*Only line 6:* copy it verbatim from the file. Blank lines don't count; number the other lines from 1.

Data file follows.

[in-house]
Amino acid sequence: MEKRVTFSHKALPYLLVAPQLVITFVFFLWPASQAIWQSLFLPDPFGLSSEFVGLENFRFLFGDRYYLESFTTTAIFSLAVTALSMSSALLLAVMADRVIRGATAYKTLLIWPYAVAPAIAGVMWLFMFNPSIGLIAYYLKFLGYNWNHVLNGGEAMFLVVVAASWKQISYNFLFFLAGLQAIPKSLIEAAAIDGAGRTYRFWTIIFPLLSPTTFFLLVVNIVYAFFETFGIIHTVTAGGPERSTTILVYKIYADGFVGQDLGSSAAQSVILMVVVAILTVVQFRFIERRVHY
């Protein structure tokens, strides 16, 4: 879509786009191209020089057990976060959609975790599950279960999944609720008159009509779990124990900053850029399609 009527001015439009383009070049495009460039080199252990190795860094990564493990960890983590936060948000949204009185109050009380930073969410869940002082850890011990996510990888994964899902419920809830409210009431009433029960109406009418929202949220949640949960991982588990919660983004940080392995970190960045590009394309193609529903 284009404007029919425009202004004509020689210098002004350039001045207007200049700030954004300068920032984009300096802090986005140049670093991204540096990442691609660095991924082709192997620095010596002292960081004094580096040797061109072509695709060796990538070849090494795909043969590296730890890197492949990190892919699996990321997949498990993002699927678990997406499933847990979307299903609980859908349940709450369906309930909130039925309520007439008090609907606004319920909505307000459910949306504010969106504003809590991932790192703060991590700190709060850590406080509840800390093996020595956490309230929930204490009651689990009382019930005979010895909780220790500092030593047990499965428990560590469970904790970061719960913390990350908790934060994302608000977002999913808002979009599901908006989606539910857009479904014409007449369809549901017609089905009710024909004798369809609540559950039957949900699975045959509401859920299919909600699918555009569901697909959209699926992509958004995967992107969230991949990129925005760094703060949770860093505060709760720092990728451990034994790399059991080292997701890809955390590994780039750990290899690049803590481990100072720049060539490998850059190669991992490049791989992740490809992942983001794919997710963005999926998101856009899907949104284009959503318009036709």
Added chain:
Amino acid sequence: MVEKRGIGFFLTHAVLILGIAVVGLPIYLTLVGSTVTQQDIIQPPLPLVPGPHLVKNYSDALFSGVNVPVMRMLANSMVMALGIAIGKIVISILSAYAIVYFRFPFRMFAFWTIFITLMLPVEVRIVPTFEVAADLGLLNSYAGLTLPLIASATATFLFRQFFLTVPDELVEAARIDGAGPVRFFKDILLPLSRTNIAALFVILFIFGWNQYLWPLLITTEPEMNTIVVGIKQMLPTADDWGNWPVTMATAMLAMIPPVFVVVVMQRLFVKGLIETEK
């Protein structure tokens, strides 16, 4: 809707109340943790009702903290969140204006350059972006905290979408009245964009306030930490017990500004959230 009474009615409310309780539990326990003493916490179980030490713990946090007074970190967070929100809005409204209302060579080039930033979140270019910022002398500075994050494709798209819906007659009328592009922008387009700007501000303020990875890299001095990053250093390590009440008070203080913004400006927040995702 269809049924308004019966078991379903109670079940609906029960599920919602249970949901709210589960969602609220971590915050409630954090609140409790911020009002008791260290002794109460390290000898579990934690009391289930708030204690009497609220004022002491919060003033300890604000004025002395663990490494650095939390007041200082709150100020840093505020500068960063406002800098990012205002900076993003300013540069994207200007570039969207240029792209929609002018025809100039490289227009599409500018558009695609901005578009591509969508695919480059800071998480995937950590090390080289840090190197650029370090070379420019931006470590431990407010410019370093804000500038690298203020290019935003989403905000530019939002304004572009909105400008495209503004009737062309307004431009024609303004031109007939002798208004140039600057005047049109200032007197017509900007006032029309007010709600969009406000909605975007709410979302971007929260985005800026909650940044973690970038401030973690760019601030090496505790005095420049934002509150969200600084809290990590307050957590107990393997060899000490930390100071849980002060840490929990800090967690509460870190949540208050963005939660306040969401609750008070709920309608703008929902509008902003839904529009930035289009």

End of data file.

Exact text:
């Protein structure tokens, strides 16, 4: 809707109340943790009702903290969140204006350059972006905290979408009245964009306030930490017990500004959230 009474009615409310309780539990326990003493916490179980030490713990946090007074970190967070929100809005409204209302060579080039930033979140270019910022002398500075994050494709798209819906007659009328592009922008387009700007501000303020990875890299001095990053250093390590009440008070203080913004400006927040995702 269809049924308004019966078991379903109670079940609906029960599920919602249970949901709210589960969602609220971590915050409630954090609140409790911020009002008791260290002794109460390290000898579990934690009391289930708030204690009497609220004022002491919060003033300890604000004025002395663990490494650095939390007041200082709150100020840093505020500068960063406002800098990012205002900076993003300013540069994207200007570039969207240029792209929609002018025809100039490289227009599409500018558009695609901005578009591509969508695919480059800071998480995937950590090390080289840090190197650029370090070379420019931006470590431990407010410019370093804000500038690298203020290019935003989403905000530019939002304004572009909105400008495209503004009737062309307004431009024609303004031109007939002798208004140039600057005047049109200032007197017509900007006032029309007010709600969009406000909605975007709410979302971007929260985005800026909650940044973690970038401030973690760019601030090496505790005095420049934002509150969200600084809290990590307050957590107990393997060899000490930390100071849980002060840490929990800090967690509460870190949540208050963005939660306040969401609750008070709920309608703008929902509008902003839904529009930035289009």